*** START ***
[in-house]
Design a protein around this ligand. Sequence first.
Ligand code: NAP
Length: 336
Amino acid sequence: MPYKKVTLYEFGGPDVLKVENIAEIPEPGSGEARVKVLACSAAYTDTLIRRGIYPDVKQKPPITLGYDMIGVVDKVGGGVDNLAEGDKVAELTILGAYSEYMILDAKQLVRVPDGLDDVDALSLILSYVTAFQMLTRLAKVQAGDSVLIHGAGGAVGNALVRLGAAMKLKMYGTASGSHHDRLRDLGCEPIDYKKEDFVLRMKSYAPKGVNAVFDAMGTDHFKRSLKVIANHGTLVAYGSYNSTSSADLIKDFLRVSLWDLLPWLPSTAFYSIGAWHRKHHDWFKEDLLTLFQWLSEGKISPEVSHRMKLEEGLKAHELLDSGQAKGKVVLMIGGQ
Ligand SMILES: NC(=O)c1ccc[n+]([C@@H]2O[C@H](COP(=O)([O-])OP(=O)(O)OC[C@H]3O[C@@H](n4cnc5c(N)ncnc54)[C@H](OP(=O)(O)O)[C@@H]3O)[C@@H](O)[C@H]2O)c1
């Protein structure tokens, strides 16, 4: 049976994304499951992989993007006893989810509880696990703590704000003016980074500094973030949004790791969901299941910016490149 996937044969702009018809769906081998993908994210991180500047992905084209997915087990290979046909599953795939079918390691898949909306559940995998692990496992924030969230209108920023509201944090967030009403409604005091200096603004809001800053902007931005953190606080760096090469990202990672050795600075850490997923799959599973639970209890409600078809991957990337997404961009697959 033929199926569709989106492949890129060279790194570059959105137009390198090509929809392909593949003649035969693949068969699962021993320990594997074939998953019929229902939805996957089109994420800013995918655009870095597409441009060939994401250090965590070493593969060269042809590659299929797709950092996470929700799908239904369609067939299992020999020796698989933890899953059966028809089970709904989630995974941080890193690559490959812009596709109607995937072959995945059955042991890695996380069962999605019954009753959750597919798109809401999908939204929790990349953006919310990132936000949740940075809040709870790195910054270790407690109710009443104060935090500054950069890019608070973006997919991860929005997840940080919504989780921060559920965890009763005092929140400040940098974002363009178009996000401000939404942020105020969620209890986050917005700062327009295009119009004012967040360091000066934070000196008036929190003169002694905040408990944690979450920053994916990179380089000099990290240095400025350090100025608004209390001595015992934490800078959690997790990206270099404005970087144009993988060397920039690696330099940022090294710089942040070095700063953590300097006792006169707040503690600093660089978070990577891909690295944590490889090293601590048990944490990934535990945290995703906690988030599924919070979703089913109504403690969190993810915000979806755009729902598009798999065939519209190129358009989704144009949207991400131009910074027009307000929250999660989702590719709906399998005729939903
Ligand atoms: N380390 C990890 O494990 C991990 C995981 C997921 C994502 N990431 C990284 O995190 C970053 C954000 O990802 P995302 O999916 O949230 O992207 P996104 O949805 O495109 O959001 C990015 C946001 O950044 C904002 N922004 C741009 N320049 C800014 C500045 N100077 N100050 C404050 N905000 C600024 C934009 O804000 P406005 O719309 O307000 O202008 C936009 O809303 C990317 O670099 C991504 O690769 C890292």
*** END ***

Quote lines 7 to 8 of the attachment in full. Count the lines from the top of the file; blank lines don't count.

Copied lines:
């Protein structure tokens, strides 16, 4: 049976994304499951992989993007006893989810509880696990703590704000003016980074500094973030949004790791969901299941910016490149 996937044969702009018809769906081998993908994210991180500047992905084209997915087990290979046909599953795939079918390691898949909306559940995998692990496992924030969230209108920023509201944090967030009403409604005091200096603004809001800053902007931005953190606080760096090469990202990672050795600075850490997923799959599973639970209890409600078809991957990337997404961009697959 033929199926569709989106492949890129060279790194570059959105137009390198090509929809392909593949003649035969693949068969699962021993320990594997074939998953019929229902939805996957089109994420800013995918655009870095597409441009060939994401250090965590070493593969060269042809590659299929797709950092996470929700799908239904369609067939299992020999020796698989933890899953059966028809089970709904989630995974941080890193690559490959812009596709109607995937072959995945059955042991890695996380069962999605019954009753959750597919798109809401999908939204929790990349953006919310990132936000949740940075809040709870790195910054270790407690109710009443104060935090500054950069890019608070973006997919991860929005997840940080919504989780921060559920965890009763005092929140400040940098974002363009178009996000401000939404942020105020969620209890986050917005700062327009295009119009004012967040360091000066934070000196008036929190003169002694905040408990944690979450920053994916990179380089000099990290240095400025350090100025608004209390001595015992934490800078959690997790990206270099404005970087144009993988060397920039690696330099940022090294710089942040070095700063953590300097006792006169707040503690600093660089978070990577891909690295944590490889090293601590048990944490990934535990945290995703906690988030599924919070979703089913109504403690969190993810915000979806755009729902598009798999065939519209190129358009989704144009949207991400131009910074027009307000929250999660989702590719709906399998005729939903
Ligand atoms: N380390 C990890 O494990 C991990 C995981 C997921 C994502 N990431 C990284 O995190 C970053 C954000 O990802 P995302 O999916 O949230 O992207 P996104 O949805 O495109 O959001 C990015 C946001 O950044 C904002 N922004 C741009 N320049 C800014 C500045 N100077 N100050 C404050 N905000 C600024 C934009 O804000 P406005 O719309 O307000 O202008 C936009 O809303 C990317 O670099 C991504 O690769 C890292």